“Bones — what if I’m wrong?” Kirk asked in a touching scene in Balance of Terror. The original version of that scene was a mundane exchange until Gene Roddenberry fixed it the day before the cameras rolled.
The episode is widely disliked, so you probably haven’t seen it in a while. I encourage you to watch it again. It’s not hippies and bouncy songs. It’s a mass murderer and his enthralled gang.
Walter Koenig, I need you. Please come back to Toronto. Also, did you know Canadians got to see Star Trek before the Americans?
Nichelle Nichols owns a copy of her Ebony magazine-cover issue, but it’s in poor condition. I tried to give her mine.
I bought this book years ago. I had never opened it. When I did, I discovered three major Star Trek autographs.
Before Doug Drexler’s huge contributions to four Star Trek series and five movies, he did his best to save the Gold Key comics.
This is the best Star Trek poster I have ever seen. It’s big, it’s quirky, it’s a good likeness and you were supposed to cut them up, so that’s cool. Mine is also signed by Leonard Nimoy and William Shatner.
I have 13 William Shatner autographs. Eight of those I got in person. Three of those are extra special. This is the story of those three.
Do you have a Gene Roddenberry autograph in your collection? If it’s on a Flight Deck Officer certificate then…probably no. But it’s a fun item anyway.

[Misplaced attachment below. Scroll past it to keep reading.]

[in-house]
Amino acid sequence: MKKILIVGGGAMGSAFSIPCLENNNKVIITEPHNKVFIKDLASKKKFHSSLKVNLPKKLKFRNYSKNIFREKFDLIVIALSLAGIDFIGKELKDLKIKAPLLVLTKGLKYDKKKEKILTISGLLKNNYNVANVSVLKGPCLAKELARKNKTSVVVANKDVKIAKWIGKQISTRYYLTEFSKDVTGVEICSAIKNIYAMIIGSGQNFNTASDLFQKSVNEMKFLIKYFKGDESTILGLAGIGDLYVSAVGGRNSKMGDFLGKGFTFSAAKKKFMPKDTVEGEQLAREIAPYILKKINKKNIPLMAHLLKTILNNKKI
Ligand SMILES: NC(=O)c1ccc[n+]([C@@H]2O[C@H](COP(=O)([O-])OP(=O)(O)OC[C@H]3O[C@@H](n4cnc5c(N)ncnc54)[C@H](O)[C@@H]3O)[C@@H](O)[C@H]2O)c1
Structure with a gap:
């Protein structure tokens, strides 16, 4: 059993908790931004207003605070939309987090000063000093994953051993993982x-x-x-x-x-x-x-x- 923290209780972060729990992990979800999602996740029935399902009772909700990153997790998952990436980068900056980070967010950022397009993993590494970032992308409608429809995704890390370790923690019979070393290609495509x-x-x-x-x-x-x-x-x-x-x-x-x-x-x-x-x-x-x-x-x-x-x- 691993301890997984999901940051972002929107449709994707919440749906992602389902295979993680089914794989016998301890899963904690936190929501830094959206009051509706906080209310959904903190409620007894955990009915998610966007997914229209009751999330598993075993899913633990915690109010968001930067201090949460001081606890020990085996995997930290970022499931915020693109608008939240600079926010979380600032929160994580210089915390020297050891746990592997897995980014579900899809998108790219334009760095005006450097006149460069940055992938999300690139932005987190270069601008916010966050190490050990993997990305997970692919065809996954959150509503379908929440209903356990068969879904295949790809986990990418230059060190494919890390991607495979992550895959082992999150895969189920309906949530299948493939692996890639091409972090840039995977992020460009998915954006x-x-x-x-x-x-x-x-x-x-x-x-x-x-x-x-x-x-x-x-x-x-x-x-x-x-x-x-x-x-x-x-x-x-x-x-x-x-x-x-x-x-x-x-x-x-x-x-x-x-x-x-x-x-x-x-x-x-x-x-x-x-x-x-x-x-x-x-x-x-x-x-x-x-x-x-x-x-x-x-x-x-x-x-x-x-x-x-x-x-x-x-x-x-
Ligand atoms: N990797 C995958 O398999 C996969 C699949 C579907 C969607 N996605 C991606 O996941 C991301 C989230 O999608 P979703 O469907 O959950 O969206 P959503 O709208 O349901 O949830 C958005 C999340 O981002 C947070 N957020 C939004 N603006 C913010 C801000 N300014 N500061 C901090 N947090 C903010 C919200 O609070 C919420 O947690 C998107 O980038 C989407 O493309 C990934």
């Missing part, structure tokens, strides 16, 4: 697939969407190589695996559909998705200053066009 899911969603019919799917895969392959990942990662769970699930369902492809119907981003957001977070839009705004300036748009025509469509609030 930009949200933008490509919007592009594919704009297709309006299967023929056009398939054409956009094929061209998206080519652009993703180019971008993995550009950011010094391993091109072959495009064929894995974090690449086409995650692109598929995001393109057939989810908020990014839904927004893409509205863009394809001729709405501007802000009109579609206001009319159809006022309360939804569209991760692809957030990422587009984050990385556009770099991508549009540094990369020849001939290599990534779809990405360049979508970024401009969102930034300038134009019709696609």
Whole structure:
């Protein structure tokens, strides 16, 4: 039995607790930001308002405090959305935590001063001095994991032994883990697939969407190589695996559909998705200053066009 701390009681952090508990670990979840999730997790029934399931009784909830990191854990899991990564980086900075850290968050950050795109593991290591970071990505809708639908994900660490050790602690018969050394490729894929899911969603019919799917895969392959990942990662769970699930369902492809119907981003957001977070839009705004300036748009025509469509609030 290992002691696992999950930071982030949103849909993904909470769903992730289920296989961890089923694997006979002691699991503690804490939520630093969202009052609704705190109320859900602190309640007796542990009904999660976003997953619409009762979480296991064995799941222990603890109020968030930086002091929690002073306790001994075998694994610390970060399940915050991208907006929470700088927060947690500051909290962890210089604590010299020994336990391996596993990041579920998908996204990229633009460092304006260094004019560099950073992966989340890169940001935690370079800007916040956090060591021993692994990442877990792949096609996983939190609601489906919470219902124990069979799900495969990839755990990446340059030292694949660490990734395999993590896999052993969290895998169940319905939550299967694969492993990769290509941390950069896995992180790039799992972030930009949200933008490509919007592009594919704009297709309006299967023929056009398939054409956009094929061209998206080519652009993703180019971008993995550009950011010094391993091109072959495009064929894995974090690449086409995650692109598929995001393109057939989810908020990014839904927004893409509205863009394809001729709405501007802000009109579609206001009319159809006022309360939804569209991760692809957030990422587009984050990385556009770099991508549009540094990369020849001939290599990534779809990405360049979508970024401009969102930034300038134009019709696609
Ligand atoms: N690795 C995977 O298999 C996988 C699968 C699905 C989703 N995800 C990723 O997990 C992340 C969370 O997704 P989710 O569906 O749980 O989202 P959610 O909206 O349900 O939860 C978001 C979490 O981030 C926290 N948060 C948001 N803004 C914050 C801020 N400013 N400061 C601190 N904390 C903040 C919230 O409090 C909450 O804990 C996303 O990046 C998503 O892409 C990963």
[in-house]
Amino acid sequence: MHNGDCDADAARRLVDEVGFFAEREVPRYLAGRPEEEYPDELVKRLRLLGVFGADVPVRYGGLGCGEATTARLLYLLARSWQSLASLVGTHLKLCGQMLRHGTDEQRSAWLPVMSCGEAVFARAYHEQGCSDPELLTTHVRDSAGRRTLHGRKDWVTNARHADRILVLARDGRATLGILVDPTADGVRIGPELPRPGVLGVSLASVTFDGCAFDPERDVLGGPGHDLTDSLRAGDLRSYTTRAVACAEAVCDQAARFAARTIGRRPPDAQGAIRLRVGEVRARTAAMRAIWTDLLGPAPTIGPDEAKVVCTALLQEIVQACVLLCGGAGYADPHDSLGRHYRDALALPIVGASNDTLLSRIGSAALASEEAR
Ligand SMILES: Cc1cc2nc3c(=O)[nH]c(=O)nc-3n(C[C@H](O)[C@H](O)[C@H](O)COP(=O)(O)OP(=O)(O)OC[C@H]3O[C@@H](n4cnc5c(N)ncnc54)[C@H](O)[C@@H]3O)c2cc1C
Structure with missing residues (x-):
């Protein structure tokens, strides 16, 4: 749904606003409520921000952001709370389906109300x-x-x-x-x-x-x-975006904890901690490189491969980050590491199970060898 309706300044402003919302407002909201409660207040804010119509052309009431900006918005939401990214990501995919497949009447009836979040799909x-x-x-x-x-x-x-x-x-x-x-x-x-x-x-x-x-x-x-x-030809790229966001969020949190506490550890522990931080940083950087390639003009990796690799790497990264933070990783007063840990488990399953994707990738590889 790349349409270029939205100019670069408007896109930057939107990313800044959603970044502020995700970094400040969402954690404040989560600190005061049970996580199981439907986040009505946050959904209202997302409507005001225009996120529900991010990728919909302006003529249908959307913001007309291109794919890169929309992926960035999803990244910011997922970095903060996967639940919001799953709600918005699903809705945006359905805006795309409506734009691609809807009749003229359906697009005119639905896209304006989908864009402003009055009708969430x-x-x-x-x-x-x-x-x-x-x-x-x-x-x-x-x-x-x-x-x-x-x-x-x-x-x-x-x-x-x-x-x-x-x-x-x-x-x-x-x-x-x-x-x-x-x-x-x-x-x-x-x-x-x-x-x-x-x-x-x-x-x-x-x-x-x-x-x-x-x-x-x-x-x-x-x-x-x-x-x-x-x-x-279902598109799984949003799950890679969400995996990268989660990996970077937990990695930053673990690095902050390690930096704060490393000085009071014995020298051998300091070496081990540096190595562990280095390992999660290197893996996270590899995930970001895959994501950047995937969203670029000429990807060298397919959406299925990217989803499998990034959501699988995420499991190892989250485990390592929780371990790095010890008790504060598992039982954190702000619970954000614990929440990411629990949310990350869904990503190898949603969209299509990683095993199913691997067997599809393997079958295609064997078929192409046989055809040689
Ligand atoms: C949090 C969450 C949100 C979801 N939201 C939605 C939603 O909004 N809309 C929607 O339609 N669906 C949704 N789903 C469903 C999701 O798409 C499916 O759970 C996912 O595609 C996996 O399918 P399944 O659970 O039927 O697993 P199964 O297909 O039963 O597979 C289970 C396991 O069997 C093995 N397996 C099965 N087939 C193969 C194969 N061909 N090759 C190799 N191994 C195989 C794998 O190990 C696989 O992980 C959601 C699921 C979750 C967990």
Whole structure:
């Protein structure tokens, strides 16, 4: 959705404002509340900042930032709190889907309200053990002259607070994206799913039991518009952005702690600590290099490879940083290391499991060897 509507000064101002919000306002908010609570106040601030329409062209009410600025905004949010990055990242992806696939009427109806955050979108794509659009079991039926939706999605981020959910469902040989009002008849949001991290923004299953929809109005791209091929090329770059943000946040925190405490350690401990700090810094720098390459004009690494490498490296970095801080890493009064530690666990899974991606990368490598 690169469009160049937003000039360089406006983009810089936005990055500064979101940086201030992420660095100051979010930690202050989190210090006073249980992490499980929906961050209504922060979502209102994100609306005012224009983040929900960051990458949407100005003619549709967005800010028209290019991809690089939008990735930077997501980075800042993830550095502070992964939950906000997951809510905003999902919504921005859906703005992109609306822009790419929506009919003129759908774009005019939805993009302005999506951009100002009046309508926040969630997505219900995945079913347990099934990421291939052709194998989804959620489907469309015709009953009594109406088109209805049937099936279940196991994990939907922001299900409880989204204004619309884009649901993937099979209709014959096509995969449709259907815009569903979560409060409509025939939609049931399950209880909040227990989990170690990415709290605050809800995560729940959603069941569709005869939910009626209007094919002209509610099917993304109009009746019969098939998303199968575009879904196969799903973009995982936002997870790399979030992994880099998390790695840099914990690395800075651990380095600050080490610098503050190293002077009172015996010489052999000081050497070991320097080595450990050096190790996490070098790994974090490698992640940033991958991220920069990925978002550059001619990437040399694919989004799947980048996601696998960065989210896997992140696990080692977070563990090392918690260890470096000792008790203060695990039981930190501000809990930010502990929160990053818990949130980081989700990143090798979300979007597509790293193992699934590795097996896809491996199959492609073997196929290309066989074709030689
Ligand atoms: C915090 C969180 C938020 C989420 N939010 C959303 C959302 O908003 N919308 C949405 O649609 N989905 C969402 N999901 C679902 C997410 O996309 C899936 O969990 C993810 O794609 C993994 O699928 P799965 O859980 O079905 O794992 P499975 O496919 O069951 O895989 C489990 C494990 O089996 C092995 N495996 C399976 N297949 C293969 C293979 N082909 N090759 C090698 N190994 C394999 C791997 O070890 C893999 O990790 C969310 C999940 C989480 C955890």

George Takei was thrilled when John Wayne cast him in The Green Berets, but that robbed Takei of the chance to pick up a Tribble with Uhura on K-7.
Except that story is not quite true.
Henry Fonda kicked off a dispute over a beer ad that almost kept Spock from appearing in The Motion Picture.
Leonard Nimoy used his celebrity to encourage others to quit smoking. He signed this American Cancer Society poster for me in 2006. And then, weirdly, Shatner signed it too.
The Making of Star Trek is one of the most important books in TOS fandom, and Gene Roddenberry was an early advocate of the project.
Two guys pulled on the Gorn wetsuit costumes on the set of Arena in November 1966. I was fortunate to spend 20 minutes chatting with Bobby Clark, the better known of the two. Clark asked why Star Trek and the Gorn mattered to me.